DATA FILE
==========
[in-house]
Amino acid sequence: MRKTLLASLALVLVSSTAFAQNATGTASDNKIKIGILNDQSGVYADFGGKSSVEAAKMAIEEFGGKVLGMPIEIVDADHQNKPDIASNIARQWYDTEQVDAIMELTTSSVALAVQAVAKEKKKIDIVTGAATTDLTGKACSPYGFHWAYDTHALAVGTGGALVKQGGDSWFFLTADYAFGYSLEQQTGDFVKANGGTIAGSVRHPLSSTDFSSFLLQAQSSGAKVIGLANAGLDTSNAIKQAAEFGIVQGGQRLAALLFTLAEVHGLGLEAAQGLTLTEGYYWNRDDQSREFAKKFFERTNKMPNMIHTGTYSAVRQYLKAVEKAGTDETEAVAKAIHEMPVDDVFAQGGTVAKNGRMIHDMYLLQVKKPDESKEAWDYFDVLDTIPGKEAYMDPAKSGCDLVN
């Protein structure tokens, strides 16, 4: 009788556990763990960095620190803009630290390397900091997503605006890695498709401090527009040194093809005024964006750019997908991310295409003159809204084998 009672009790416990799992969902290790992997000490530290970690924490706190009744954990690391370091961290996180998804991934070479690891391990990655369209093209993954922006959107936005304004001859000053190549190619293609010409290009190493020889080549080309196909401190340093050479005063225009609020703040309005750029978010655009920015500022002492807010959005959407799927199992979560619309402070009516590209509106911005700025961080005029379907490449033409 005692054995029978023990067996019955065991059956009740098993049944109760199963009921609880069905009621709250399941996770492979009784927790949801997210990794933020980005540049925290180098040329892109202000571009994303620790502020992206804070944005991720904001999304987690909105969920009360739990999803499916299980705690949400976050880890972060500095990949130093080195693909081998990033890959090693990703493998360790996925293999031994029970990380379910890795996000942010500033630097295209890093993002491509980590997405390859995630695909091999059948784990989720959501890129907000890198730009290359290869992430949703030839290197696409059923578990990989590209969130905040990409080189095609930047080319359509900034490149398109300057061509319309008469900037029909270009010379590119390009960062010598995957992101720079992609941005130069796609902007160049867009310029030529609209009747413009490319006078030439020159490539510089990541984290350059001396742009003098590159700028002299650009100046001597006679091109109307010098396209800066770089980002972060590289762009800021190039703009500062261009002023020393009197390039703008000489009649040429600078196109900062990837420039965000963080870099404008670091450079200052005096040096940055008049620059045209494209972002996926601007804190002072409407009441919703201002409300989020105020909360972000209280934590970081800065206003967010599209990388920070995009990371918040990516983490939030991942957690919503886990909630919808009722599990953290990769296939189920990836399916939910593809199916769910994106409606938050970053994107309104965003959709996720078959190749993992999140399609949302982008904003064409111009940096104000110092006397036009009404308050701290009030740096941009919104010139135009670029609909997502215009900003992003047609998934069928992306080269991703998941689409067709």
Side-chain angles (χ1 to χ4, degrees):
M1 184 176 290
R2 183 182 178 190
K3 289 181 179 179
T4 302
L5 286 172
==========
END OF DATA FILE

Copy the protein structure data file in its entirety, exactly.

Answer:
[in-house]
Amino acid sequence: MRKTLLASLALVLVSSTAFAQNATGTASDNKIKIGILNDQSGVYADFGGKSSVEAAKMAIEEFGGKVLGMPIEIVDADHQNKPDIASNIARQWYDTEQVDAIMELTTSSVALAVQAVAKEKKKIDIVTGAATTDLTGKACSPYGFHWAYDTHALAVGTGGALVKQGGDSWFFLTADYAFGYSLEQQTGDFVKANGGTIAGSVRHPLSSTDFSSFLLQAQSSGAKVIGLANAGLDTSNAIKQAAEFGIVQGGQRLAALLFTLAEVHGLGLEAAQGLTLTEGYYWNRDDQSREFAKKFFERTNKMPNMIHTGTYSAVRQYLKAVEKAGTDETEAVAKAIHEMPVDDVFAQGGTVAKNGRMIHDMYLLQVKKPDESKEAWDYFDVLDTIPGKEAYMDPAKSGCDLVN
């Protein structure tokens, strides 16, 4: 009788556990763990960095620190803009630290390397900091997503605006890695498709401090527009040194093809005024964006750019997908991310295409003159809204084998 009672009790416990799992969902290790992997000490530290970690924490706190009744954990690391370091961290996180998804991934070479690891391990990655369209093209993954922006959107936005304004001859000053190549190619293609010409290009190493020889080549080309196909401190340093050479005063225009609020703040309005750029978010655009920015500022002492807010959005959407799927199992979560619309402070009516590209509106911005700025961080005029379907490449033409 005692054995029978023990067996019955065991059956009740098993049944109760199963009921609880069905009621709250399941996770492979009784927790949801997210990794933020980005540049925290180098040329892109202000571009994303620790502020992206804070944005991720904001999304987690909105969920009360739990999803499916299980705690949400976050880890972060500095990949130093080195693909081998990033890959090693990703493998360790996925293999031994029970990380379910890795996000942010500033630097295209890093993002491509980590997405390859995630695909091999059948784990989720959501890129907000890198730009290359290869992430949703030839290197696409059923578990990989590209969130905040990409080189095609930047080319359509900034490149398109300057061509319309008469900037029909270009010379590119390009960062010598995957992101720079992609941005130069796609902007160049867009310029030529609209009747413009490319006078030439020159490539510089990541984290350059001396742009003098590159700028002299650009100046001597006679091109109307010098396209800066770089980002972060590289762009800021190039703009500062261009002023020393009197390039703008000489009649040429600078196109900062990837420039965000963080870099404008670091450079200052005096040096940055008049620059045209494209972002996926601007804190002072409407009441919703201002409300989020105020909360972000209280934590970081800065206003967010599209990388920070995009990371918040990516983490939030991942957690919503886990909630919808009722599990953290990769296939189920990836399916939910593809199916769910994106409606938050970053994107309104965003959709996720078959190749993992999140399609949302982008904003064409111009940096104000110092006397036009009404308050701290009030740096941009919104010139135009670029609909997502215009900003992003047609998934069928992306080269991703998941689409067709």
Side-chain angles (χ1 to χ4, degrees):
M1 184 176 290
R2 183 182 178 190
K3 289 181 179 179
T4 302
L5 286 172